Wildlife and Parks to survey waterfowl hunters

04/19/2014 6:29 PM

04/19/2014 6:30 PM

Three certainties occurred Thursday in Wichita. The sun rose in the east, set in the west and discussion about setting waterfowl seasons was long and sometimes contentious at the Kansas Department of Wildlife, Parks and Tourism commission meeting at the Great Plains Nature Center.

Commissioners for two years have rejected department recommendations for several season dates. Tom Bidrowski, Wildlife and Parks waterfowl biologist, presented commissioners Thursday with a questionnaire soon to be mailed to about 7,400 Kansas waterfowl hunters. Bidrowski expects about 3,200 to respond, which Bidrowski said will be an accurate reading on what hunters desire. Several commissioners have doubts.

“My biggest concern about the survey is the methodology,” said commissioner Roger Marshall, of Great Bend. “The people who return the survey are going to be the most avid hunters, they will be the people the most motivated to fill them out.” He said he didn’t think a mailed survey would accurately represent those who hunt a few times per year.

He also said bold type on some answers to the multiple choice survey could bring a bias. He also noted irregularities in the number of answers provided some question. Some had three options while others had six.

Commissioner Randy Doll, of Leon, also saw inconsistencies that could lead to bias and said the only way to get an unbiased response was to question sportsmen by telephone or face-to-face. He acknowledged that wouldn’t be within the department’s budget.

“Some small tweaking could be made to make the data more accurate,” Doll said.

Commissioners were asked to submit ideas for possible questionaire improvement to the department within a few days. Chris Tymeson, Wildlife and Parks attorney, was asked if the department was required to follow suggestions, and said it wasn’t.

“If you choose not to take the advice from a commissioner or the commission,” said commissioner Don Budd, who has often been critical of the department, “you’re going to have to be very understanding that the information that you provide me, as a commissioner, I’m going to give the same credibility.”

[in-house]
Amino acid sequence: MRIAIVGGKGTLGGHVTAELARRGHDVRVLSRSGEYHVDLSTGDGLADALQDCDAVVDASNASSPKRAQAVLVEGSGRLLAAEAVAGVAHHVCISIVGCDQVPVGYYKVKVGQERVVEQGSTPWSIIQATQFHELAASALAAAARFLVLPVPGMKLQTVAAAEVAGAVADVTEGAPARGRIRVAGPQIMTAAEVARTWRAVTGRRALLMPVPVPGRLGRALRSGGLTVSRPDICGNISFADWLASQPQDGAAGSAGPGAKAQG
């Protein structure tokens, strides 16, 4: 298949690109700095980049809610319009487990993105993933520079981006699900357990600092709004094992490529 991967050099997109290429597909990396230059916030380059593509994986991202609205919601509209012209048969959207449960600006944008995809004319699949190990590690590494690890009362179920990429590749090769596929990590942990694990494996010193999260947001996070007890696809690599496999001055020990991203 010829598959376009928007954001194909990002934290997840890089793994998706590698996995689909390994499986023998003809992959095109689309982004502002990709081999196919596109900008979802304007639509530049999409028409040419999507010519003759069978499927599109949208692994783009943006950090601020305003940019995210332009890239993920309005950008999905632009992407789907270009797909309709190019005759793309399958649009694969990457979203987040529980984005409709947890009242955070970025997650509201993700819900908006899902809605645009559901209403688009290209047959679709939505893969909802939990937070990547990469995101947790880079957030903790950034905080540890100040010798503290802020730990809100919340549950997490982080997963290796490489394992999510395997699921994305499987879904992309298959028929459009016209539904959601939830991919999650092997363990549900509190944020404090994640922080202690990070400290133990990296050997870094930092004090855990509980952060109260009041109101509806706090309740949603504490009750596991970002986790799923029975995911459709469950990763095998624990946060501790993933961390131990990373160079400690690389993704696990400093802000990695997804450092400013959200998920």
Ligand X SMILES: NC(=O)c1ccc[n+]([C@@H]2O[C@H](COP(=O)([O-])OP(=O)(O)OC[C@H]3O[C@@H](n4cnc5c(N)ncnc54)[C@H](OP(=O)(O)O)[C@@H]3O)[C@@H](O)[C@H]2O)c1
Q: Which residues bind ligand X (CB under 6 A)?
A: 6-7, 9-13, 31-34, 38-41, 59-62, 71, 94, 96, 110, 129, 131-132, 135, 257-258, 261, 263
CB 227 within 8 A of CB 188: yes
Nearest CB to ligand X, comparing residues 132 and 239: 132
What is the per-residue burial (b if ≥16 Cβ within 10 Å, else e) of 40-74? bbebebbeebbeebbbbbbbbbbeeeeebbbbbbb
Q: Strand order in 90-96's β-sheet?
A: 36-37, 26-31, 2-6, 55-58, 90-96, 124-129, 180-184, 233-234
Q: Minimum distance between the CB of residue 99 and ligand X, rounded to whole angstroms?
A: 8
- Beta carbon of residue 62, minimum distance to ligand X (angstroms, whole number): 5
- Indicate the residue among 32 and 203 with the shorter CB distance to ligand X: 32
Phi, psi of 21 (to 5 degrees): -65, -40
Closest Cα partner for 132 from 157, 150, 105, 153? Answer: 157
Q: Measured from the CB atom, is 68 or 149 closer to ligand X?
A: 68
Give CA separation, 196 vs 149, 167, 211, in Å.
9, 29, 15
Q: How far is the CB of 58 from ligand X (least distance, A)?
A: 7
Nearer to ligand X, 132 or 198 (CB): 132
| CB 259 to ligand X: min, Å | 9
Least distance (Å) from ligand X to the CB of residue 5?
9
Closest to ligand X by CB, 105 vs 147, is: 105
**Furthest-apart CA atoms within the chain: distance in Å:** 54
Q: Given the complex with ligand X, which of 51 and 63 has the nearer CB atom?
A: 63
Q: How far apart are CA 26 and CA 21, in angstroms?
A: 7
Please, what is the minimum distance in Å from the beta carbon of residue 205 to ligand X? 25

Waterfowl seasons and regulations will again be discussed at June 19 meeting in Pittsburg, and go to vote at an Aug. 21 meeting near Great Bend.

Also at the meeting:

•  Bidrowski said information from the U.S. Fish and Wildlife Service suggests no major changes for season lengths or bag limits are expected for waterfowl this year.
•  The department is moving forward with a possible regulation that would allow the use of leashed dogs for trailing and locating wounded or dead big game. The current suggestion would not allow the use of dogs after the end of legal shooting hours. Commissioner Gerald Lauber objected, saying many deer might spoil or be eaten by coyotes overnight. He suggested unarmed dog searches be allowed in the dark. The topic will see discussion in June and go to a vote in August.
•  Kevin Jones, Wildlife and Parks law enforcement chief, said in cases of someone finding a dead deer, a responding game warden must prove the animal was killed illegally or a salvage tag granting possession of the dead deer must be given to the person who found the deer. Many sportsmen have complained about some inconsistencies, especially when the deer is a trophy buck.

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